There’s a secret behind why household wealth in Australia at record highs – time in the market!
Some skilled investors with a proven track record and finely honed money management skills are able to accelerate investment returns with adept market timing.
Most average investors either can’t or don’t achieve this.
The simplest way for most average investors to build wealth for their retirement is to continue to buy quality assets which they can hold onto forever – such as, for example, index funds, managed funds and well-located property – and then do so.
If markets do experience a slump, such as they did from 2008, then this can be an appropriate time to add further quality assets to your portfolio at mouth-watering prices when fear abounds.
This approach has some added benefits including minimising transaction costs and capital gains taxes, while shares and investment property in Australia are tax-advantaged assets in other respects too.
Instead of buying and selling, this approach to investment focuses on buying more quality assets and accordingly the rebalancing of a portfolio.
Or timing the market?
For some people, there will also be an obstacle to investing, of course.
Since “fear sells” we have been hearing from some media outlets for years and years…and years…that the world is going to end and that we should be selling our homes, short-selling the banks, hoarding tins of spam, and whatever else.
This, in effect, is engaging in the “market timing” approach – that is, through waiting for the next inevitable market correction before taking any action.
In all markets corrections are inevitable, of course, the problem is that it is almost impossible for mere mortals to predict when they will come, although it always does seem uncannily easy in hindsight.
While share markets may appear to be highly unreliable and only move higher steadily over very long periods of time, this is in part illusory.
The vital point of note is that over the years shareholders have continued to benefit from a bonanza of tax-advantaged dividends while “nervous nellies” who have continued to sit out of the market for years have not.
Consequently, on an accumulation index basis Australian share indices continue to push record highs.
When the opportunity cost is measured over years, waiting it out can be a very expensive game.
Buy and hold for the long term?
While the superannuation industry has its many well–documented foibles, spruikers and ticket-clippers, the super system does serve one critical purpose for Australians in that it forces a high proportion of Aussies who might otherwise fail to do so to save and invest for their retirement using a long term focus.
The only thing that matters for you, of course, is that you have a workable financial plan for you, regardless of which asset class you prefer or strategy you take.
The ABS data showed yesterday that since the Q1 2009 nadir aggregate Australian household wealth has recovered very strongly by some a rollicking 54.4 per cent or some $2,777 billion to a new record high.
Household wealth to record highs
As the ABS released its Finance and Wealth data for the December 2014 quarter yesterday, let’s take a brief look at what we can learn.
Firstly, in Q4 2014 household wealth increased by $189 billion or 2.5 percent to a new record high of $7,889 billion.
Total net worth was mainly made up of land and dwelling assets ($5,386 billion), financial assets ($3,961 billion), offset by household liabilities of $2,087 billion.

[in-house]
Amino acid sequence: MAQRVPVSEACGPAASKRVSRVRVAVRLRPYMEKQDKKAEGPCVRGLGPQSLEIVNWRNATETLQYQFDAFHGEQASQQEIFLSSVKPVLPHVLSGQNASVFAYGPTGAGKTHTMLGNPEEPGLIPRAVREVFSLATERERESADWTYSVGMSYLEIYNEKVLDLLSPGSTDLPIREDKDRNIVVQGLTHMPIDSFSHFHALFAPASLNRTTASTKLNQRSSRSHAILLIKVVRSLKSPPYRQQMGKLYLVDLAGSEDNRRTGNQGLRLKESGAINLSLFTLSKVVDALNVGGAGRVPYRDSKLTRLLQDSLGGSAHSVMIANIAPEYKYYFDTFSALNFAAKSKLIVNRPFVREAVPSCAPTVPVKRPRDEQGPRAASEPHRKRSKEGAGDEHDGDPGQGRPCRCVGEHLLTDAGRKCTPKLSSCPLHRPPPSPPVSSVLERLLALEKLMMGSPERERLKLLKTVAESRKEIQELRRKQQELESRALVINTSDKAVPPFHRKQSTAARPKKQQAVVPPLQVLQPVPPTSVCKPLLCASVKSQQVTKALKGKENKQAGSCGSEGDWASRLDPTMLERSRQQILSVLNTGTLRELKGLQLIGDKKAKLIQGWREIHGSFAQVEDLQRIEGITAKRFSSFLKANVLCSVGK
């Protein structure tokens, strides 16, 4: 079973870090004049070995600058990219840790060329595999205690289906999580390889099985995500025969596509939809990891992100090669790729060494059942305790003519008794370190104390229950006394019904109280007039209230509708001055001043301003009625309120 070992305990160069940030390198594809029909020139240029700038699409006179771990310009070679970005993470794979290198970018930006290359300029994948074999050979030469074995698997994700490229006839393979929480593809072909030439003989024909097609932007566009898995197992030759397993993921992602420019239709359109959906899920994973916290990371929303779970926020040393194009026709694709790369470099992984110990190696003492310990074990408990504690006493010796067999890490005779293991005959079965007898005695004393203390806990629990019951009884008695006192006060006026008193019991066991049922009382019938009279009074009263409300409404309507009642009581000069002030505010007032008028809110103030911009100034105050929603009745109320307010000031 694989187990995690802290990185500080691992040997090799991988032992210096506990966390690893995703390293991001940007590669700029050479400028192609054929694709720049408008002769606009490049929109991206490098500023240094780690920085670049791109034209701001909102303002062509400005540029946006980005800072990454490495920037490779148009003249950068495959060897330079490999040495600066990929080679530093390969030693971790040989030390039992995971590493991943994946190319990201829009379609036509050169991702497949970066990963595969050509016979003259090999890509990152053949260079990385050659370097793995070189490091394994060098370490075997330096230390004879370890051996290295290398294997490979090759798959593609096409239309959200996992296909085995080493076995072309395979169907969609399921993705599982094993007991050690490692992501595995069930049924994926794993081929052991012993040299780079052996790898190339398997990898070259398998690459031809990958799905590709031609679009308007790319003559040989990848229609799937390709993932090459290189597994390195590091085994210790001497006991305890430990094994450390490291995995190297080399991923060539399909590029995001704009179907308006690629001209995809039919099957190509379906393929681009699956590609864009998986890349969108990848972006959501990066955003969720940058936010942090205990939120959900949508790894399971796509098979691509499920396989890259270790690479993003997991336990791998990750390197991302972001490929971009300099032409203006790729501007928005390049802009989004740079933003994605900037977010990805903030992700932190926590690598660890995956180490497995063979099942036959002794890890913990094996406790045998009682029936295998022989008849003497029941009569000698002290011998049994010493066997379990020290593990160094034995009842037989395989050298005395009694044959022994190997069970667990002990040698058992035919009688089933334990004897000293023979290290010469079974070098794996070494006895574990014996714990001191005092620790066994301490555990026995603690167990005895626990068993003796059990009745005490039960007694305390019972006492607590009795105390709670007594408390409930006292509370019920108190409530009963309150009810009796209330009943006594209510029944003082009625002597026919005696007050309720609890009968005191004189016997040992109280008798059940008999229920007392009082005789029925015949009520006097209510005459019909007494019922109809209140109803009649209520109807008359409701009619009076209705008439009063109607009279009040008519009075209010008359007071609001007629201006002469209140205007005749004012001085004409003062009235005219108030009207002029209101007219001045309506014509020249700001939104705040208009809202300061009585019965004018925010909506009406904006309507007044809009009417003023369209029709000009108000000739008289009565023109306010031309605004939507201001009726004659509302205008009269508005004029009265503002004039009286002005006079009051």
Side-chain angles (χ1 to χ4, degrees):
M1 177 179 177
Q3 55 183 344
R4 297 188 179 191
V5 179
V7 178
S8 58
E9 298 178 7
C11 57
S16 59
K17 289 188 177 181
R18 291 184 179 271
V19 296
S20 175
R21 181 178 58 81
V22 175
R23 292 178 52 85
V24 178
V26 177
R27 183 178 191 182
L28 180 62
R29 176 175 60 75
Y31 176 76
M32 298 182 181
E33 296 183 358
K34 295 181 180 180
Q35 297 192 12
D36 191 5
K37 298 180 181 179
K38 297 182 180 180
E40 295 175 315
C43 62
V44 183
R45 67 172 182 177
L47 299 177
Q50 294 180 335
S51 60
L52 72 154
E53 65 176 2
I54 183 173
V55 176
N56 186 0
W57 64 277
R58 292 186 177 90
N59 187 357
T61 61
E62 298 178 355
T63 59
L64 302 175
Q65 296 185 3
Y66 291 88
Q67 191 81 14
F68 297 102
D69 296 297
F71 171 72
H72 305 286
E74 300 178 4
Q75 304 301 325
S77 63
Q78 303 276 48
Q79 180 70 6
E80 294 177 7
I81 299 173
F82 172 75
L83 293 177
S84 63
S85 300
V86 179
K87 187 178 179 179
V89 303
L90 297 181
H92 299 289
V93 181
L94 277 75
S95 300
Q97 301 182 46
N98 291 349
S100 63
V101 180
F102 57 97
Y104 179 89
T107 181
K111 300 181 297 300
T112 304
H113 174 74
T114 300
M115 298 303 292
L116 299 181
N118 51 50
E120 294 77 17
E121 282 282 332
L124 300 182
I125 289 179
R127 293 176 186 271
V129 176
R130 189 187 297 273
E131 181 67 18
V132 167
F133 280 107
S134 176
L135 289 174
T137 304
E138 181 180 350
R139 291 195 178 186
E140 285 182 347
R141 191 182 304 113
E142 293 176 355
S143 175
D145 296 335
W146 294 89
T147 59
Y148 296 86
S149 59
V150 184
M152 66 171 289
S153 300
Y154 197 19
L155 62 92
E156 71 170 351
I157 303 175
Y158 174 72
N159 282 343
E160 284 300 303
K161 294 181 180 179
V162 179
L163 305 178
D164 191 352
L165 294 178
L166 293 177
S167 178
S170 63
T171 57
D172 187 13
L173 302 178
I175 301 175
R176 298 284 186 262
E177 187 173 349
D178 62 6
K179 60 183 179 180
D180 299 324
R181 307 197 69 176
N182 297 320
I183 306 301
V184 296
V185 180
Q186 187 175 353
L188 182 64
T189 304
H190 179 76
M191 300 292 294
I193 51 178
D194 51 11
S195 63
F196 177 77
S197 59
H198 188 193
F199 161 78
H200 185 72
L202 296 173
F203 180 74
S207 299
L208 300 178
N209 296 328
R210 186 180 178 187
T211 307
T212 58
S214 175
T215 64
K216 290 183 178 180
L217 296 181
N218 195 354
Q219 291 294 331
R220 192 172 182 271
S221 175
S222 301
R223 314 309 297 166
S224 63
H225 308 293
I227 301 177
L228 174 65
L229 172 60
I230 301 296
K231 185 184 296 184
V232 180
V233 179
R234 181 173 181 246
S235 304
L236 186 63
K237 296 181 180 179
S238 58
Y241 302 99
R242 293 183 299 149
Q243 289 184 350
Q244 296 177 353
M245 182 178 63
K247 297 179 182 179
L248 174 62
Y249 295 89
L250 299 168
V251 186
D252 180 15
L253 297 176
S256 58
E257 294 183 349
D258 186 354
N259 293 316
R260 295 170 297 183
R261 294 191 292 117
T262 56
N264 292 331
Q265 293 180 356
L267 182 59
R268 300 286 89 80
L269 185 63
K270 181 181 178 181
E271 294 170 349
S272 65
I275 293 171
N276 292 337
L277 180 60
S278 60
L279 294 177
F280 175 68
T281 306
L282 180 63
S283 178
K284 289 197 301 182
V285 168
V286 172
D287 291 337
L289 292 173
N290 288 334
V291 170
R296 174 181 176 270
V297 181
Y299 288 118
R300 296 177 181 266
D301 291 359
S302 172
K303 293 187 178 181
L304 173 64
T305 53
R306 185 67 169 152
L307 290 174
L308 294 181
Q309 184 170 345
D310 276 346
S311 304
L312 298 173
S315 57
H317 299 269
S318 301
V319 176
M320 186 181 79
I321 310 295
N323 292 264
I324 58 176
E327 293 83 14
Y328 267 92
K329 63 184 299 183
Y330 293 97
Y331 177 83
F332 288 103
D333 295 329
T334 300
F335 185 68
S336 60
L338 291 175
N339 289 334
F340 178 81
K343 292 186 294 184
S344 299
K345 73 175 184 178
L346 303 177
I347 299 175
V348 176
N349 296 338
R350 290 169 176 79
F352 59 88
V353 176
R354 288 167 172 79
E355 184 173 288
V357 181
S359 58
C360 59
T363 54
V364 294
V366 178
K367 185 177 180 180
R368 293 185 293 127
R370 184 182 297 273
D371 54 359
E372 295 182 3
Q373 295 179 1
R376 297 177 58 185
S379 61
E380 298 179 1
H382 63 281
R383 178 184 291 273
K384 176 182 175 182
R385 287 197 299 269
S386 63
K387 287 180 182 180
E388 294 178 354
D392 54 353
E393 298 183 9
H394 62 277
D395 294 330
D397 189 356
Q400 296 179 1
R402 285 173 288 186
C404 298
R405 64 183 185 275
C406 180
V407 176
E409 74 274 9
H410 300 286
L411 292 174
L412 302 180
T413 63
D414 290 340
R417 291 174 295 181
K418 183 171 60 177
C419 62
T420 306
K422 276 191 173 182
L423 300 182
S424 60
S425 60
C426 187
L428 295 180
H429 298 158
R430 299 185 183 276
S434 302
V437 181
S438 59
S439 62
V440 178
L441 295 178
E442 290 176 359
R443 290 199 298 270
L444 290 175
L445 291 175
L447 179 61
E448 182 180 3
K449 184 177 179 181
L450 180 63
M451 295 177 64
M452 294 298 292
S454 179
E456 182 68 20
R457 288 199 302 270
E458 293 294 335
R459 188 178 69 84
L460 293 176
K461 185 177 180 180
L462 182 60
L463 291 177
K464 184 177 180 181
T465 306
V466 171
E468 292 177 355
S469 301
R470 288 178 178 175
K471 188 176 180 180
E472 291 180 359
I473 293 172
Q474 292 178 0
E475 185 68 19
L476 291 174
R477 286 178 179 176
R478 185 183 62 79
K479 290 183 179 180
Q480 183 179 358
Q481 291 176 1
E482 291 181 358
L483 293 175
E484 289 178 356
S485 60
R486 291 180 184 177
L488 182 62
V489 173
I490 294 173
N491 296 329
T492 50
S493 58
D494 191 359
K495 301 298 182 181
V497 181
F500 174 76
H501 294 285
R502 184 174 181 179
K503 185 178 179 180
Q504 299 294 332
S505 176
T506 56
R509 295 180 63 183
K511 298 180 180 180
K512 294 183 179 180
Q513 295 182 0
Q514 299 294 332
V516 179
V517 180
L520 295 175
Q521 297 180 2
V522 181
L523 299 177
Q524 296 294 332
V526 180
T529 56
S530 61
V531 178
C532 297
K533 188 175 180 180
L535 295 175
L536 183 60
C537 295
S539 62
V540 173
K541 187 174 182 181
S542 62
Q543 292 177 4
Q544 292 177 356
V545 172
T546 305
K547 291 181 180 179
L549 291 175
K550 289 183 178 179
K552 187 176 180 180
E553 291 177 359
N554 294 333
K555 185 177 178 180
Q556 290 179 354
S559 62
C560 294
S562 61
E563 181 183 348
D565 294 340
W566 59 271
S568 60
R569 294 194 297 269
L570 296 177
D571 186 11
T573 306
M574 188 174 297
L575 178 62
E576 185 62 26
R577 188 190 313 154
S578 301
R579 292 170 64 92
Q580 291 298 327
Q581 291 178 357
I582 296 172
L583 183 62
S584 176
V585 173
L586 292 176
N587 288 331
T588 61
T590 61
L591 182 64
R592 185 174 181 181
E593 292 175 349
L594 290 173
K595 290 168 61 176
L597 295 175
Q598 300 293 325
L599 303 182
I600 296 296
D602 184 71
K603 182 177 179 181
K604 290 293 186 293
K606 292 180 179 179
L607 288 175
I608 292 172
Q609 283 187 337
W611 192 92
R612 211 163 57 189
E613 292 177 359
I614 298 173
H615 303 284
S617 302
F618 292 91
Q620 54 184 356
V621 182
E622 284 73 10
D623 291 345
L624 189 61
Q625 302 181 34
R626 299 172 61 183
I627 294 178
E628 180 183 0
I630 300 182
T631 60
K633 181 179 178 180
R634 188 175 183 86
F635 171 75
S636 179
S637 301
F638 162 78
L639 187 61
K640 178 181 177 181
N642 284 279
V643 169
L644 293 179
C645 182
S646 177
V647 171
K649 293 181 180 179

Cash and deposits are at all all-time high of $903 billion representing some 22.8 per cent of financial assets, which is now well above the decade average of 20 per cent.
Drivers of wealth gains
The increase in household wealth in the final quarter of the year was driven largely by holding gains in land and dwelling assets (+$101 billion) and financial assets (+$53 billion) as dwelling prices and share markets push higher.
Superannuation fund assets also increased by $53 billion in the final quarter as share markets recorded further gains.
Of course with the population of Australia growing as I analysed here , we do expect aggregate household wealth to increase steadily over time.
However, it is instructive to note that in per capita terms average Australian household wealth has bolted higher over the past 7 years or so to a new record of $333,000 as at Q4 2014, notching another solid increase of $6,800 in the final quarter of 2014.
Debt to assets ratio declines
The Finance and Wealth series has endless potential to imbue readers with chart fatigue, so I won’t go down that path today.
However, before signing off it was pleasing to note that the ratio of household debt to total household assets has continued to decline to 20.7 percent, which is some way below the respective 2009 and 2011 peaks of close to 22 percent.
Just as importantly, mortgage serviceability has improved markedly since 2008 thanks to low interest and borrowing rates.
According to the ABS, the interest payable to income ratio has been in a “gradual downward trend” since the global financial crisis, now sitting at 10.4 percent, way down from above 16 percent at the ratio’s peak.
Market analysts expect household wealth to continue rising in the period ahead, with asset valuations being pushed upwards by low interest rates while cash and deposits holdings are expected to decline.
In particular, superannuation funds are expected to move some of their presently elevated cash holdings into the share markets.
Meanwhile dwelling prices are also rising in the three most populous cities, but are flat or declining in most other major conurbations.
Overall, this was a happy data release, with household wealth per capita breaking record highs and more gains expected.
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